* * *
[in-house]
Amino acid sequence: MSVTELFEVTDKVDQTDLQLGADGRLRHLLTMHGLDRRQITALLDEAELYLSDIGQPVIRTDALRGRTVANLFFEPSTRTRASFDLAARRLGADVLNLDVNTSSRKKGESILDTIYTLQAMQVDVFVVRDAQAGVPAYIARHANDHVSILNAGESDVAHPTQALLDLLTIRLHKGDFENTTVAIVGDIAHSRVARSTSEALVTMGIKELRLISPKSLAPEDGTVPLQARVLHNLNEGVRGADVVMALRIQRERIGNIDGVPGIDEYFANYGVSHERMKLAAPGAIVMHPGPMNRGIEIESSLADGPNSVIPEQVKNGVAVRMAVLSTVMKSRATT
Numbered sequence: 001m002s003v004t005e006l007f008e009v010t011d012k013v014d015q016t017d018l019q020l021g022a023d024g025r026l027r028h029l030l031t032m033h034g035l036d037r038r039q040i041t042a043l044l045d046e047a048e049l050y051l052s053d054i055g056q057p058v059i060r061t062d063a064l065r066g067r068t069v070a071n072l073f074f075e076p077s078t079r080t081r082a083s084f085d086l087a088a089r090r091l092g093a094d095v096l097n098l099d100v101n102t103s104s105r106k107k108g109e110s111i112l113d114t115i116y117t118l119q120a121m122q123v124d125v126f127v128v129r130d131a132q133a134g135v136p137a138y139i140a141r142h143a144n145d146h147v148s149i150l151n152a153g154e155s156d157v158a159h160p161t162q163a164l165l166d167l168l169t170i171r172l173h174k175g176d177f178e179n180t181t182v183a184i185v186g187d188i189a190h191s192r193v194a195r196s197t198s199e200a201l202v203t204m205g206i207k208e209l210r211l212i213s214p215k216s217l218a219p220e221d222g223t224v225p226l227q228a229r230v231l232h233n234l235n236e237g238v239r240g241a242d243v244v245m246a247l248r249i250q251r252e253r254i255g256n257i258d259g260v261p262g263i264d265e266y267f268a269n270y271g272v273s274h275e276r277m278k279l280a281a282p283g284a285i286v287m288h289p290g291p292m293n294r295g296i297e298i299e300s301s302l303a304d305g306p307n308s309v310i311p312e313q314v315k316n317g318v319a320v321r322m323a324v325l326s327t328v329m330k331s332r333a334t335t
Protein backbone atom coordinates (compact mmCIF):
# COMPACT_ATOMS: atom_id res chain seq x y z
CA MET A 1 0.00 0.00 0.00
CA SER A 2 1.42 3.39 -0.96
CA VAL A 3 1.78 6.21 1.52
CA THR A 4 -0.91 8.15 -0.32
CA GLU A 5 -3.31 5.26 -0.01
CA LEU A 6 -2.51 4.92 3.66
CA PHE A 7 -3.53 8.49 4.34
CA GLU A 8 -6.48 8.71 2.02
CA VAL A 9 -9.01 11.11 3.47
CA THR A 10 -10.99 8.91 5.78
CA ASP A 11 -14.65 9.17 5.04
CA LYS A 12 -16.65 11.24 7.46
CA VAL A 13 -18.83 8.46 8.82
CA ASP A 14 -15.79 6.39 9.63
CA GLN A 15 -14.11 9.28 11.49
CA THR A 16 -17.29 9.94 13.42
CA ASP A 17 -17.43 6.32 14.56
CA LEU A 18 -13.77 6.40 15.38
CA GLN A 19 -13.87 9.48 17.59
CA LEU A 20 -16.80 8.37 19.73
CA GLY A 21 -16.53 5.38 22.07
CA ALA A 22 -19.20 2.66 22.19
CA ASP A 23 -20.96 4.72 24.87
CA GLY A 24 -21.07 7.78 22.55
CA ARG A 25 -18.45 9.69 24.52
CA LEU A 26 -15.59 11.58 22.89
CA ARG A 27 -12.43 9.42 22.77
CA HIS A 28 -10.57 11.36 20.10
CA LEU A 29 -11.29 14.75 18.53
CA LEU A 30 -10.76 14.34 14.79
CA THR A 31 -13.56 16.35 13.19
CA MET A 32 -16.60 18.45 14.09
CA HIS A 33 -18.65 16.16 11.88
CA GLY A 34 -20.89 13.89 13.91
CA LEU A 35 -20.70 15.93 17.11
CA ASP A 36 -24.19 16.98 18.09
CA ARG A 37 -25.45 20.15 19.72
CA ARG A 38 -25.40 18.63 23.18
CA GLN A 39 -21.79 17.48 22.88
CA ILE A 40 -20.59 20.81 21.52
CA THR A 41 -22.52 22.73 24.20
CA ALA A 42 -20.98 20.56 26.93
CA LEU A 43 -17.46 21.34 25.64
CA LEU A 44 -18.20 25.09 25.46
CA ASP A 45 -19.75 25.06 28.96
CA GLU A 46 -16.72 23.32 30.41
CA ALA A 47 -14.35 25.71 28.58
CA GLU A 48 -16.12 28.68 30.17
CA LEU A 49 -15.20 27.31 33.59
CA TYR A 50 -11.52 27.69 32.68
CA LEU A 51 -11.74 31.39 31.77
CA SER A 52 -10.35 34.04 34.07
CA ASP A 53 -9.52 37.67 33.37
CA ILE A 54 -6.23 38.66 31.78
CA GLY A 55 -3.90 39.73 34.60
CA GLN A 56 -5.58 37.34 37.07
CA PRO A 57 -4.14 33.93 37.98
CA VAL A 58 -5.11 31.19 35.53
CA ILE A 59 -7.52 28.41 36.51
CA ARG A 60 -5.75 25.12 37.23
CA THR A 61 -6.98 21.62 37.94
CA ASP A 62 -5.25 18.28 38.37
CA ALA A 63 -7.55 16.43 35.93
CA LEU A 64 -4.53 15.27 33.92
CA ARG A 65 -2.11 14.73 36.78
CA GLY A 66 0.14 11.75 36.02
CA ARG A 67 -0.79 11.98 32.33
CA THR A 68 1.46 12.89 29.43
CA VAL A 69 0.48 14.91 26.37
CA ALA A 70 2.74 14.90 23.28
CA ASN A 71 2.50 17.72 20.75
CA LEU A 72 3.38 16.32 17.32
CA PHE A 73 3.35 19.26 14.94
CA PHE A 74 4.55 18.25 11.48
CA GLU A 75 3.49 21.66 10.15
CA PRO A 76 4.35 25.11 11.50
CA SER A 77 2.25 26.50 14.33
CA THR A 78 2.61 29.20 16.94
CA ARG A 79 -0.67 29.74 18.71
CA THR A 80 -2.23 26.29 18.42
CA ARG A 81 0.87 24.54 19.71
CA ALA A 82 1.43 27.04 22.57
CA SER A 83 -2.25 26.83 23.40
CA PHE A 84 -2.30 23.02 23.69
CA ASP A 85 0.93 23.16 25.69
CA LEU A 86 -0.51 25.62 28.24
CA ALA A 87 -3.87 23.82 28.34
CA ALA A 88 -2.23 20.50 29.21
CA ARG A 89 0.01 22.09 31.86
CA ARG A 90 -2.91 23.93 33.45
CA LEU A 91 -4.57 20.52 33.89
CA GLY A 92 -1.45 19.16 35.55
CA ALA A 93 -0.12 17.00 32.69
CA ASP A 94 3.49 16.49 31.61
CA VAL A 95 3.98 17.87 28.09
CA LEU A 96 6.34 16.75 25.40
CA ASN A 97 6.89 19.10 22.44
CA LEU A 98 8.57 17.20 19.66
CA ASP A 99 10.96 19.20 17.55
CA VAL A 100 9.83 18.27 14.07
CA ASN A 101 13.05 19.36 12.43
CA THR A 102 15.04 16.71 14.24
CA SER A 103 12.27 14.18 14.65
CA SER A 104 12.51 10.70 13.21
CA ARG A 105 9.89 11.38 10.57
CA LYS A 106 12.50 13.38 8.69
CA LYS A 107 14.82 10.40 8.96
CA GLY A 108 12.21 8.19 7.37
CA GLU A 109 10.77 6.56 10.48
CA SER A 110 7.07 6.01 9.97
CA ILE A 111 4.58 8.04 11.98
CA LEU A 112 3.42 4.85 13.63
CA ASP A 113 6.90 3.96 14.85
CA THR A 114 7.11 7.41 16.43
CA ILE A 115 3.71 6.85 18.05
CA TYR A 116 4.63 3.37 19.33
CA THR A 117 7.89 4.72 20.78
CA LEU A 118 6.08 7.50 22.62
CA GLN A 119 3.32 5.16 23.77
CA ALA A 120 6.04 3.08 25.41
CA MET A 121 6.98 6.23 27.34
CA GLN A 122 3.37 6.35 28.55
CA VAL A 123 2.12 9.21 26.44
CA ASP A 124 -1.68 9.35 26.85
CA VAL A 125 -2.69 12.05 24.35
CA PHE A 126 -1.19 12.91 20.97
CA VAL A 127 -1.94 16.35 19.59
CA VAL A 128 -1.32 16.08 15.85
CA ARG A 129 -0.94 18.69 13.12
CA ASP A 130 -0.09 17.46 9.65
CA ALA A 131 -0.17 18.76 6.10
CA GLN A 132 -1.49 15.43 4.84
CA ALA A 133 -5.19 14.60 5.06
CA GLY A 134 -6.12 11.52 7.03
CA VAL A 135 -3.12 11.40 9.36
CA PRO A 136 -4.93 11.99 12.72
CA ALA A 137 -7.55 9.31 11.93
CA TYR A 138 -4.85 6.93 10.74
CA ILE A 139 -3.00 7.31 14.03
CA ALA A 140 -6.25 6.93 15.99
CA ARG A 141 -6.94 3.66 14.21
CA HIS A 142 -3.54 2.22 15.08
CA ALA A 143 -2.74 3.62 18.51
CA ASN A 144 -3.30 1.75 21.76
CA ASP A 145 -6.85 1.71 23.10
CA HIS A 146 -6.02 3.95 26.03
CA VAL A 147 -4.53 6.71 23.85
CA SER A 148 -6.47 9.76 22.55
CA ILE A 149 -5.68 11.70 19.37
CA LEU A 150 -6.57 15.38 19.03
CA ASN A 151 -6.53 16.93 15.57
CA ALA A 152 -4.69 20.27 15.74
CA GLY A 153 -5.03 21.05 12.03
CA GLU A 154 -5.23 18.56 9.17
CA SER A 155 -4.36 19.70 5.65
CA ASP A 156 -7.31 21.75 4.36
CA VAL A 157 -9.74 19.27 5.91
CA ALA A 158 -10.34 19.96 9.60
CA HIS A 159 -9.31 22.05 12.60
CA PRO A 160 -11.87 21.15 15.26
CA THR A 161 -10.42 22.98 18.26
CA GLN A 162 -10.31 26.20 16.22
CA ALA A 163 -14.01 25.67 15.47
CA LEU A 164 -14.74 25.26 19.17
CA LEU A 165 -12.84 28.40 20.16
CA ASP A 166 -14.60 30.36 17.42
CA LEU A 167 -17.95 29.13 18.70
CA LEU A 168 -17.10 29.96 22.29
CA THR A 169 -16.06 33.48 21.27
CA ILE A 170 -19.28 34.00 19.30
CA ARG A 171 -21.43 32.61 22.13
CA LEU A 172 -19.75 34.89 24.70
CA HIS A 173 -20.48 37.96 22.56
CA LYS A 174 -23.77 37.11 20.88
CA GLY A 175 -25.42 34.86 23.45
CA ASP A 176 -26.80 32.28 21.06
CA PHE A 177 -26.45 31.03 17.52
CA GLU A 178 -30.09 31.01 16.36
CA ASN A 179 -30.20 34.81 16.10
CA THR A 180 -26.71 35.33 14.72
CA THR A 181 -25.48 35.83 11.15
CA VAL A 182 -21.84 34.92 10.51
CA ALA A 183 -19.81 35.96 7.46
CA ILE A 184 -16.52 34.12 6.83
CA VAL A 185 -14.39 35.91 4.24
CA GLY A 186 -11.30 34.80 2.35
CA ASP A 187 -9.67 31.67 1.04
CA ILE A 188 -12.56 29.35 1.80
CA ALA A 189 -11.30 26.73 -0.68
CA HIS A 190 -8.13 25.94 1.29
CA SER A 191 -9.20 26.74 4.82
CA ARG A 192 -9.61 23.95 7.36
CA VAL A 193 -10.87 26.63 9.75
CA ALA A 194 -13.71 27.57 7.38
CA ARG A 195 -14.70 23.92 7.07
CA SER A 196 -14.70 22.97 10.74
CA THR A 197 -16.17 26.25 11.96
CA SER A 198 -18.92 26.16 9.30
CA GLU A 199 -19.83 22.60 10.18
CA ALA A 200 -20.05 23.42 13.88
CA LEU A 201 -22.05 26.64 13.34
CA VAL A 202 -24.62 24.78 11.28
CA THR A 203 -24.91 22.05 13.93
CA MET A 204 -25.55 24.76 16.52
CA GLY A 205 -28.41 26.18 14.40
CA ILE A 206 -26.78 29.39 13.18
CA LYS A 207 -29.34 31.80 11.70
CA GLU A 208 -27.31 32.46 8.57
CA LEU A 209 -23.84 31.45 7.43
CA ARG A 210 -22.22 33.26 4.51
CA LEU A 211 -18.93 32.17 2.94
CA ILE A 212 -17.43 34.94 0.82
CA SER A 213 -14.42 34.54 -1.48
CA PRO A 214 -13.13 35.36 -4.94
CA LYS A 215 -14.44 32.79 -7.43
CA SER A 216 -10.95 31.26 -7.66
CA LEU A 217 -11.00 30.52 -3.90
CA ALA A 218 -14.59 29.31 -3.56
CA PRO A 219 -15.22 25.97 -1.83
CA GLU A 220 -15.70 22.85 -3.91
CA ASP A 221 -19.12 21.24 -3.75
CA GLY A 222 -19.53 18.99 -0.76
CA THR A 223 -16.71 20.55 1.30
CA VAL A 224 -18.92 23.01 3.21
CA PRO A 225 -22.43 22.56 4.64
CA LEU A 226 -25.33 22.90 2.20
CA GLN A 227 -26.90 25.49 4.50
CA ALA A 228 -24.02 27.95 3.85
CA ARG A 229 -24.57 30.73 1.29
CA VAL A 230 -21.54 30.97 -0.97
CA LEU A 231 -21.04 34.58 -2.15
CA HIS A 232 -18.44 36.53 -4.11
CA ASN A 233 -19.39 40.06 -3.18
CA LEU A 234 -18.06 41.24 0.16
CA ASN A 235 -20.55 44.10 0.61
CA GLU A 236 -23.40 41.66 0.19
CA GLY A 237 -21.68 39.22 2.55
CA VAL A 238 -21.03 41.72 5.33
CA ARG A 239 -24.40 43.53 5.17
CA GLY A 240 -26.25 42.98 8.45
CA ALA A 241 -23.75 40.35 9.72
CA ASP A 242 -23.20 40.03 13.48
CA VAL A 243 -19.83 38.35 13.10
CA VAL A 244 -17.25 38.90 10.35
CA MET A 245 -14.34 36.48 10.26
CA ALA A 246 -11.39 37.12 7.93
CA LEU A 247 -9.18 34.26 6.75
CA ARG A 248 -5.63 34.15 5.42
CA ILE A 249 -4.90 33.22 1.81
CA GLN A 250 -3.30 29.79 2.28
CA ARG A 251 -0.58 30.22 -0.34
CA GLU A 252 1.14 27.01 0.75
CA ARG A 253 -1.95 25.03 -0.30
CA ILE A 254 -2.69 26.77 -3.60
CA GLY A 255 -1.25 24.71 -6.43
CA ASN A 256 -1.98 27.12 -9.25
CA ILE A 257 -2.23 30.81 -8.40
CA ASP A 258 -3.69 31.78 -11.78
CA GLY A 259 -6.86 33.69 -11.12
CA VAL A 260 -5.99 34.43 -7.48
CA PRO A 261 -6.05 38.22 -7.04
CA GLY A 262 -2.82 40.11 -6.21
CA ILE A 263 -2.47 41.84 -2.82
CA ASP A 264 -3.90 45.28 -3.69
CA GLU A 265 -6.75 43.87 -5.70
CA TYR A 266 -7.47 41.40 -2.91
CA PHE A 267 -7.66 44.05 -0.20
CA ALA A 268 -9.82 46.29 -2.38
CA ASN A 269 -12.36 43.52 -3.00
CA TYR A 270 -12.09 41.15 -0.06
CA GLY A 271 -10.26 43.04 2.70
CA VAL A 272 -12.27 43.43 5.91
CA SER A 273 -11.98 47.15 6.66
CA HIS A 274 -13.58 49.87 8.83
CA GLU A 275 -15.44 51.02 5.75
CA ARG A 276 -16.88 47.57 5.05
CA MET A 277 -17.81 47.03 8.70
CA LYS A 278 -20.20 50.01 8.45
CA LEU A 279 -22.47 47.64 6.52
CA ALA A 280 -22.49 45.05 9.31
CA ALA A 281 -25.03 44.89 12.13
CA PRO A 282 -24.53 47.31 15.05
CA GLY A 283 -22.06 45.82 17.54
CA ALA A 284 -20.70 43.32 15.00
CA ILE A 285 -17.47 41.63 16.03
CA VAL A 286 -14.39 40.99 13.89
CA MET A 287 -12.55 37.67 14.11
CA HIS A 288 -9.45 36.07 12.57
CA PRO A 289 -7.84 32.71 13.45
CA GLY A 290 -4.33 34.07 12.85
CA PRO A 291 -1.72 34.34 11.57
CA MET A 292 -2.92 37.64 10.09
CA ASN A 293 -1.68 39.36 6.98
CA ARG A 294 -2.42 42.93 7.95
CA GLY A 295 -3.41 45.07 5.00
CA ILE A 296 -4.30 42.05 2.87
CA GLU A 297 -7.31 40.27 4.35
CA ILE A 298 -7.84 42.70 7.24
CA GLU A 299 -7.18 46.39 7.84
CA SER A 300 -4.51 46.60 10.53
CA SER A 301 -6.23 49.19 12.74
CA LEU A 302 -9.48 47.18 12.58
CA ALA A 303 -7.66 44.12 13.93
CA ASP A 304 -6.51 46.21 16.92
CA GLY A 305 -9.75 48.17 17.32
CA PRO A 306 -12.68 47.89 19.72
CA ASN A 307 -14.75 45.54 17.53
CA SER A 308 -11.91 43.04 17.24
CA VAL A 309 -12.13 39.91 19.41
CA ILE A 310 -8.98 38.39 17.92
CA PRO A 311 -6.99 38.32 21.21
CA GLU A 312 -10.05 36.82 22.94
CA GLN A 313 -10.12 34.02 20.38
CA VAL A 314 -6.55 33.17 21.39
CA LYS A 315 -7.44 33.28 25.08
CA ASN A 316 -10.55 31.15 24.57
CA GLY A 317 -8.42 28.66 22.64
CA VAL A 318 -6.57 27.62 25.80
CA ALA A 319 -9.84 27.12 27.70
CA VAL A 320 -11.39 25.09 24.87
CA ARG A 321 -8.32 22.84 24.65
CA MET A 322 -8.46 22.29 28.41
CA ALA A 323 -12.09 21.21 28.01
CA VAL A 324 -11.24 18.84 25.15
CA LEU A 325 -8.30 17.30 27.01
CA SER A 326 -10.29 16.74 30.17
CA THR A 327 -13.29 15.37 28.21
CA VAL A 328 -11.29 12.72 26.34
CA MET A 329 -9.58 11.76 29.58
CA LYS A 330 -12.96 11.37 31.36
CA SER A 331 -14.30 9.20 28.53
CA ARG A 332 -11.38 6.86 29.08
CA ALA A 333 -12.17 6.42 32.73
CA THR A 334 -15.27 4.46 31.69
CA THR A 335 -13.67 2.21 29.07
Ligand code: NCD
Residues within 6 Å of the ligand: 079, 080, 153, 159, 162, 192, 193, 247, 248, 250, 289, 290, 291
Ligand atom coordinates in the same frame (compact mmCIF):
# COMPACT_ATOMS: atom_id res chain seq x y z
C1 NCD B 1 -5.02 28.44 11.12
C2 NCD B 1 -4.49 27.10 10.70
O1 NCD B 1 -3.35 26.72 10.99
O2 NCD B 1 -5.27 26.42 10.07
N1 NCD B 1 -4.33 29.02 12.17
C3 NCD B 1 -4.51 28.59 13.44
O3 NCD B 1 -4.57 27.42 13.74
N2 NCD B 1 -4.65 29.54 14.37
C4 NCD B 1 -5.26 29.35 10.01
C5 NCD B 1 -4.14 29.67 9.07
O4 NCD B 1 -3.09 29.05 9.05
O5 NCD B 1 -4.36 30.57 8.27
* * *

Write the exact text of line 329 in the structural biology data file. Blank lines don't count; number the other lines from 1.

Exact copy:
CA VAL A 324 -11.24 18.84 25.15